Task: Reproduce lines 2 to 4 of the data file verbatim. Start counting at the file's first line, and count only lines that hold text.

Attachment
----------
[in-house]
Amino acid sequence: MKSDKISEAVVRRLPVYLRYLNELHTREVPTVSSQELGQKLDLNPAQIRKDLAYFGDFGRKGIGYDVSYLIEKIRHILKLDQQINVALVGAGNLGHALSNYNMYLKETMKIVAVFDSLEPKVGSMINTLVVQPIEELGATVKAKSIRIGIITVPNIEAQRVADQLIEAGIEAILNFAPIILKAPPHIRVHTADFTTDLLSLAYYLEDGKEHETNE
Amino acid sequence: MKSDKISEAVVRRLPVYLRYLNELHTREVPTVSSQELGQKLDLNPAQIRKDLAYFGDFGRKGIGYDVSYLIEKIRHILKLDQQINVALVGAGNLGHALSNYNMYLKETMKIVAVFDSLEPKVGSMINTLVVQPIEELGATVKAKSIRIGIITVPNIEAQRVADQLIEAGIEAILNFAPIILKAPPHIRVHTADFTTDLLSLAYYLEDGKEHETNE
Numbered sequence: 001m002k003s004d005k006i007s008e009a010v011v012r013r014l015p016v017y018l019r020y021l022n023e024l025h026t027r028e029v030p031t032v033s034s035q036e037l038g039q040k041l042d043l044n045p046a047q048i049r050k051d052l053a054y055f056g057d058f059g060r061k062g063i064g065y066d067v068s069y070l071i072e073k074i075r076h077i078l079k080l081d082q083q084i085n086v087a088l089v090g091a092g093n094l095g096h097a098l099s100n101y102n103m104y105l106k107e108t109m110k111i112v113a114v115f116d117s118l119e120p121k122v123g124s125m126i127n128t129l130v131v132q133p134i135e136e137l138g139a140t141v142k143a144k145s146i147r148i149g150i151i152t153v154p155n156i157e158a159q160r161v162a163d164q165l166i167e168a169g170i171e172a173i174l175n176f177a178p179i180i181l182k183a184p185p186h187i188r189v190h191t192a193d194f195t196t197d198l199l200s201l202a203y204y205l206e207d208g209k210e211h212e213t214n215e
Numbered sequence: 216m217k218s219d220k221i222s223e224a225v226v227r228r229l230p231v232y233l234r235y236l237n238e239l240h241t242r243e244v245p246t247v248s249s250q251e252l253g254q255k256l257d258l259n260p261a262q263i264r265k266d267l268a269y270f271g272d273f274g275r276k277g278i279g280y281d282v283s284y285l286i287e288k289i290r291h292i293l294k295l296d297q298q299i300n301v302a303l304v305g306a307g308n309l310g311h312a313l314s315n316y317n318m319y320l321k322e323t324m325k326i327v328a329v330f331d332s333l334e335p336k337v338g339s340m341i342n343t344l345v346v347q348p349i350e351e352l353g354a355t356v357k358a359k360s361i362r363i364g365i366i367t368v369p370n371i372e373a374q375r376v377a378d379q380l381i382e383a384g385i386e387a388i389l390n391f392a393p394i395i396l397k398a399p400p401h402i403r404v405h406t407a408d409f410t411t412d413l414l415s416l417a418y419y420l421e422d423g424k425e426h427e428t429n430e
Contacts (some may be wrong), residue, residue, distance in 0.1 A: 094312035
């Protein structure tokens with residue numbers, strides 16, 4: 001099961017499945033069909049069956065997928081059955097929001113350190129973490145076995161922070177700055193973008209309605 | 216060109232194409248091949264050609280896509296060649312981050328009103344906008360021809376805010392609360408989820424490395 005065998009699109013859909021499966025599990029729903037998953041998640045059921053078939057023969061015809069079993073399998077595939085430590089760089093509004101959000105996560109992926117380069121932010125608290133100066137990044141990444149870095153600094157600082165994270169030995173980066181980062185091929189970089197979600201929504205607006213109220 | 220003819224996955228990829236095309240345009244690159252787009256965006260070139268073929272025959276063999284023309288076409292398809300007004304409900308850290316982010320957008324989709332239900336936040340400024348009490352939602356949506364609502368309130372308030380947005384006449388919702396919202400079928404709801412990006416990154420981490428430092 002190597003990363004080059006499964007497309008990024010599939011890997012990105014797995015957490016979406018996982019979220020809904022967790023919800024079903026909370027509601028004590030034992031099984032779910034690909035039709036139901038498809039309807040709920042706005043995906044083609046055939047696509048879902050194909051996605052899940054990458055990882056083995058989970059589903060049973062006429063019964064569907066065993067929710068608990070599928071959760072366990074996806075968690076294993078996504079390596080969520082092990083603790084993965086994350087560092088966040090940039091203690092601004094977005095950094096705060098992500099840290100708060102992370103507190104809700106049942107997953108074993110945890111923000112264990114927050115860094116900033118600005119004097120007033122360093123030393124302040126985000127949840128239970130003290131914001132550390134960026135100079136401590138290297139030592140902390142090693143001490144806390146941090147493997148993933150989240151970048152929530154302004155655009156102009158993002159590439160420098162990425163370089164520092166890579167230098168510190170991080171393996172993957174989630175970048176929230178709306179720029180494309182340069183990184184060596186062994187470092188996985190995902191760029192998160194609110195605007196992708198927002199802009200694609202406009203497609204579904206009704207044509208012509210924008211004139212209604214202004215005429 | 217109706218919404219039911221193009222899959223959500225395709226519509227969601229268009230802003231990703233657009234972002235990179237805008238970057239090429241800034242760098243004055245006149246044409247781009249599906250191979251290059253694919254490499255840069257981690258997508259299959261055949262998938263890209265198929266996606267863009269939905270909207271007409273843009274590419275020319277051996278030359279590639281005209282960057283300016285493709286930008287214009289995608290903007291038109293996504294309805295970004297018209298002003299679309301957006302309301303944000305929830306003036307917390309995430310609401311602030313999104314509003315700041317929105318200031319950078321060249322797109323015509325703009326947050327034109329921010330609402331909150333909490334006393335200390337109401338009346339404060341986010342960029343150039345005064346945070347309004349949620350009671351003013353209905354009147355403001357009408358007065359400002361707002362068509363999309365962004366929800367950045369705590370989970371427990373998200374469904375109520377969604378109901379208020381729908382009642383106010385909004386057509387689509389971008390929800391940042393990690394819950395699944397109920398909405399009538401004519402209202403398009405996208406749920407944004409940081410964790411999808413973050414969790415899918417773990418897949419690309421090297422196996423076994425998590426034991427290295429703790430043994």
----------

Amino acid sequence: MKSDKISEAVVRRLPVYLRYLNELHTREVPTVSSQELGQKLDLNPAQIRKDLAYFGDFGRKGIGYDVSYLIEKIRHILKLDQQINVALVGAGNLGHALSNYNMYLKETMKIVAVFDSLEPKVGSMINTLVVQPIEELGATVKAKSIRIGIITVPNIEAQRVADQLIEAGIEAILNFAPIILKAPPHIRVHTADFTTDLLSLAYYLEDGKEHETNE
Amino acid sequence: MKSDKISEAVVRRLPVYLRYLNELHTREVPTVSSQELGQKLDLNPAQIRKDLAYFGDFGRKGIGYDVSYLIEKIRHILKLDQQINVALVGAGNLGHALSNYNMYLKETMKIVAVFDSLEPKVGSMINTLVVQPIEELGATVKAKSIRIGIITVPNIEAQRVADQLIEAGIEAILNFAPIILKAPPHIRVHTADFTTDLLSLAYYLEDGKEHETNE
Numbered sequence: 001m002k003s004d005k006i007s008e009a010v011v012r013r014l015p016v017y018l019r020y021l022n023e024l025h026t027r028e029v030p031t032v033s034s035q036e037l038g039q040k041l042d043l044n045p046a047q048i049r050k051d052l053a054y055f056g057d058f059g060r061k062g063i064g065y066d067v068s069y070l071i072e073k074i075r076h077i078l079k080l081d082q083q084i085n086v087a088l089v090g091a092g093n094l095g096h097a098l099s100n101y102n103m104y105l106k107e108t109m110k111i112v113a114v115f116d117s118l119e120p121k122v123g124s125m126i127n128t129l130v131v132q133p134i135e136e137l138g139a140t141v142k143a144k145s146i147r148i149g150i151i152t153v154p155n156i157e158a159q160r161v162a163d164q165l166i167e168a169g170i171e172a173i174l175n176f177a178p179i180i181l182k183a184p185p186h187i188r189v190h191t192a193d194f195t196t197d198l199l200s201l202a203y204y205l206e207d208g209k210e211h212e213t214n215e